The Tillamook Burn was a catastrophic series of large forest fires in the northern Oregon Coast Range mountains 50 miles west of Portland. It began in 1933 and struck at six-year intervals through 1951, burning a combined total of 355,000 acres (554 square miles). For a generation of Oregonians whose lives were touched …
Tillamook Forest Center
The Tillamook Forest Center, located twenty-two miles east of Tillamook on Oregon Highway 6 (known as the Wilson River Highway), is a visitor information and education center that tells the story of the Tillamook Burn and the Tillamook State Forest.
Owned and operated by the Oregon Department of Forestry, the center has 10,000 square feet of museum space, with exhibits, artifacts, maps, and photographs that document the history of the Tillamook State Forest and present information on its future. A network of themed interpretive trails, river overlooks, and picnic spots provide firsthand learning opportunities, and the center serves as an access point to the Wilson River Trail, the Jones Creek Campground and Day Use Area, and the Smith Homestead Day Use Area.
The adjacent Forest Education Pavilion, set in the trees, is a high-windowed heated classroom that overlooks the river and provides a venue for teaching and learning about forests. A 250-foot suspension bridge leads across the Wilson River with access to the Wilson River Trail. A full-size lookout tower with a replica lookout cabin allows a view into the forest canopy. Educational programs are available for students of all ages.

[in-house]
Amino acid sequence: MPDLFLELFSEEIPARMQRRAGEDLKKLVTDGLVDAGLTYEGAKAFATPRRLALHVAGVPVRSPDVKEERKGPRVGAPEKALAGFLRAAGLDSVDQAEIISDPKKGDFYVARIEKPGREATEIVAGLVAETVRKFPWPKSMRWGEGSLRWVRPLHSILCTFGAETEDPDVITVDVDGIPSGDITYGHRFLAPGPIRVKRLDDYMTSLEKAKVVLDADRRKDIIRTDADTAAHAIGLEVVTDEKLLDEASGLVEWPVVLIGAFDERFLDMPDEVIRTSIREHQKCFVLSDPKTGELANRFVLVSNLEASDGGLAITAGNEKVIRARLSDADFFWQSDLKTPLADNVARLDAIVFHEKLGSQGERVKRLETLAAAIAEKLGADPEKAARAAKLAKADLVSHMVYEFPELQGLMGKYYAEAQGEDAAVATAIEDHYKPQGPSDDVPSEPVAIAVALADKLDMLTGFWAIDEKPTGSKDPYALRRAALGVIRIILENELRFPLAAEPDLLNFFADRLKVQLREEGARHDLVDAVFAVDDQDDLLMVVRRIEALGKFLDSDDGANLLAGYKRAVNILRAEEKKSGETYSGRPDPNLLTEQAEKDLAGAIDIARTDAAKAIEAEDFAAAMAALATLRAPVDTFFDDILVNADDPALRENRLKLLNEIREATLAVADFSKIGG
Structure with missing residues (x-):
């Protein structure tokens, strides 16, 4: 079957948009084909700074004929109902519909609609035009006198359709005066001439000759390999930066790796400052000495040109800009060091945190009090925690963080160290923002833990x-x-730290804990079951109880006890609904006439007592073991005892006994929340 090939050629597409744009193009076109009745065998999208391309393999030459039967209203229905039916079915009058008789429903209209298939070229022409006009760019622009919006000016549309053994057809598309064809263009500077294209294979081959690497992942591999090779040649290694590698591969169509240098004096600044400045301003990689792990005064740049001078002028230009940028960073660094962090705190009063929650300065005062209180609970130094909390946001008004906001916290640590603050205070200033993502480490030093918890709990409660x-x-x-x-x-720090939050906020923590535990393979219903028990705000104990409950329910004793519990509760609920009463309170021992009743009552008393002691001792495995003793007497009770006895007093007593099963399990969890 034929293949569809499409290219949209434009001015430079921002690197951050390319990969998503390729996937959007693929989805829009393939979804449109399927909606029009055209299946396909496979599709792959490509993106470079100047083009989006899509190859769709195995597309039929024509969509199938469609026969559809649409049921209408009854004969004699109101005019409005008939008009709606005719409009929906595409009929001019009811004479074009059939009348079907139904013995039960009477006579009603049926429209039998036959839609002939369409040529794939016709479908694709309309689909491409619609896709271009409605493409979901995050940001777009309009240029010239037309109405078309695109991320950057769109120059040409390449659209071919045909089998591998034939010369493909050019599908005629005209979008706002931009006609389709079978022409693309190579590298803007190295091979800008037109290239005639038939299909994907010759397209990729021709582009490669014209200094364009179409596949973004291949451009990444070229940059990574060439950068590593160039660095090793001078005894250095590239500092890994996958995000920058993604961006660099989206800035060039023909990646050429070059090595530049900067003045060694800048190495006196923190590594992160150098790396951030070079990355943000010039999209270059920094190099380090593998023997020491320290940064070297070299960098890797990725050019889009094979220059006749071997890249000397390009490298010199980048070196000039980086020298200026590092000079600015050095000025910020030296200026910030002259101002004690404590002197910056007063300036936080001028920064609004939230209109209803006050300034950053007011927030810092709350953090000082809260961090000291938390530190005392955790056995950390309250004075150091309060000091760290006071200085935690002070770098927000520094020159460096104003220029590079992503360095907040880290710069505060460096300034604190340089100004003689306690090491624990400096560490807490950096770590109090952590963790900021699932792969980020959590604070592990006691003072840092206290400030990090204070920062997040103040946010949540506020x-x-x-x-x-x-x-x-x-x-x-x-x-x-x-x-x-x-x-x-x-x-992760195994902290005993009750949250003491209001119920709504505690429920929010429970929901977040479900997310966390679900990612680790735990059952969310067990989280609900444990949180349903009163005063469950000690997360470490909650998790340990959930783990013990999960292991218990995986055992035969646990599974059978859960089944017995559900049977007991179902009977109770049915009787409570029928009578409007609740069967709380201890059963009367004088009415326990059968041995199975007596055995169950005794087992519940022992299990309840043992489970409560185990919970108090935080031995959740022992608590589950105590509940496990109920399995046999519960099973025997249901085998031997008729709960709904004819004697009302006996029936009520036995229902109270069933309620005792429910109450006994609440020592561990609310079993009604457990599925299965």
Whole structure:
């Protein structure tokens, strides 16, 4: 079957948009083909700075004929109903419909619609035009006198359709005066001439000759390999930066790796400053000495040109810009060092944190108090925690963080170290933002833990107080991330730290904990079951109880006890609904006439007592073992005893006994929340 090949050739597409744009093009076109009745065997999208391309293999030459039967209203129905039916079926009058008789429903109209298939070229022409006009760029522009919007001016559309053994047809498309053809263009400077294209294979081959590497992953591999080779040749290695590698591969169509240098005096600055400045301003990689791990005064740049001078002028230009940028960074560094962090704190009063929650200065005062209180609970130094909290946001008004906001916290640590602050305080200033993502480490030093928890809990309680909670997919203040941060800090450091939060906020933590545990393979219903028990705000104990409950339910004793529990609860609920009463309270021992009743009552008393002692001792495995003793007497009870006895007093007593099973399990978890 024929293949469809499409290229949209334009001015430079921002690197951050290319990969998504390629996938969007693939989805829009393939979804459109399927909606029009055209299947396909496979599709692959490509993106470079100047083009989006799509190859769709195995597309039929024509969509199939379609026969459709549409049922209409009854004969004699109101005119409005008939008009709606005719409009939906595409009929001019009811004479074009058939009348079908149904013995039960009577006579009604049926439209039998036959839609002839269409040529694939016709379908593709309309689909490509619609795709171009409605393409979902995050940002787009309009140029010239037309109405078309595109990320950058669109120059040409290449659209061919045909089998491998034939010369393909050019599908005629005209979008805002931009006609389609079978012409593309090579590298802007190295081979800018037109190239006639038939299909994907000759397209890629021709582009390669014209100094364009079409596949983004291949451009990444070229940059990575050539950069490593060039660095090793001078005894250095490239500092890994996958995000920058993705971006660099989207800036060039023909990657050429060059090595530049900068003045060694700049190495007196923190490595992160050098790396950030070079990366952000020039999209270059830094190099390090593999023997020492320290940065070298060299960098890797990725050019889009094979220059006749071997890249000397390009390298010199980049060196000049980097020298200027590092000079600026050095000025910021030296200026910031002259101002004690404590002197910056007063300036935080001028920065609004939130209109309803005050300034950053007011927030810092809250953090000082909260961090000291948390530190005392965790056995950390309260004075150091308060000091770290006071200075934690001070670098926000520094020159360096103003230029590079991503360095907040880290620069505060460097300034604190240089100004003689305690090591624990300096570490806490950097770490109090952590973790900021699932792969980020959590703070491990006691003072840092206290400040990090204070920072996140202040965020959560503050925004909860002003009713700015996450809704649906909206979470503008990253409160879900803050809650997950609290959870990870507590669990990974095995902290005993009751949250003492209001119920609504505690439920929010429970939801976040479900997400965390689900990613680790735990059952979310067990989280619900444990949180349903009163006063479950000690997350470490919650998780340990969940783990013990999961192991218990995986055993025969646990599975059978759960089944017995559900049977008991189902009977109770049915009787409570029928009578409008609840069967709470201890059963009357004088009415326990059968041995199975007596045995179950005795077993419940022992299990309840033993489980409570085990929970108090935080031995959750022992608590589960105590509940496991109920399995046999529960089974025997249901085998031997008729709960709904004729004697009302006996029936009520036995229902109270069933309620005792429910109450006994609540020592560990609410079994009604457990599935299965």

Development of the center was based on the premise that an understanding of the forest today must be taken in context with its fiery past. The Tillamook Burn scorched 554 square miles of forest across the northern Oregon Coast Range mountains from 1933 to 1951. The entire area was replanted with seedlings between 1949 and 1972. Today, the Tillamook State Forest is managed by the Oregon Department of Forestry.
The architectural design for the Tillamook Forest Center was by the Miller-Hull Partnership Architects in Seattle, with assistance from landscape architects Walker Macy of Portland and interpretive design by Aldrich-Pears of Vancouver, British Columbia. The center opened in April 2006 and cost $10.7 million, a significant amount of which was raised through gifts, grants, and donations to the Tillamook Forest Heritage Trust.
Lucia, Ellis. Tillamook Burn Country. Caldwell, ID: Caxton Printers, 1983. Updated and republished. Forest Grove, Ore.: Tillamook Forest Heritage Trust, 2007.
Wells, Gail. The Tillamook: A Created Forest Comes of Age. 2nd ed. Corvallis: Oregon State University Press, 2004.
Related Historical Records
This entry was last updated on Dec. 20, 2019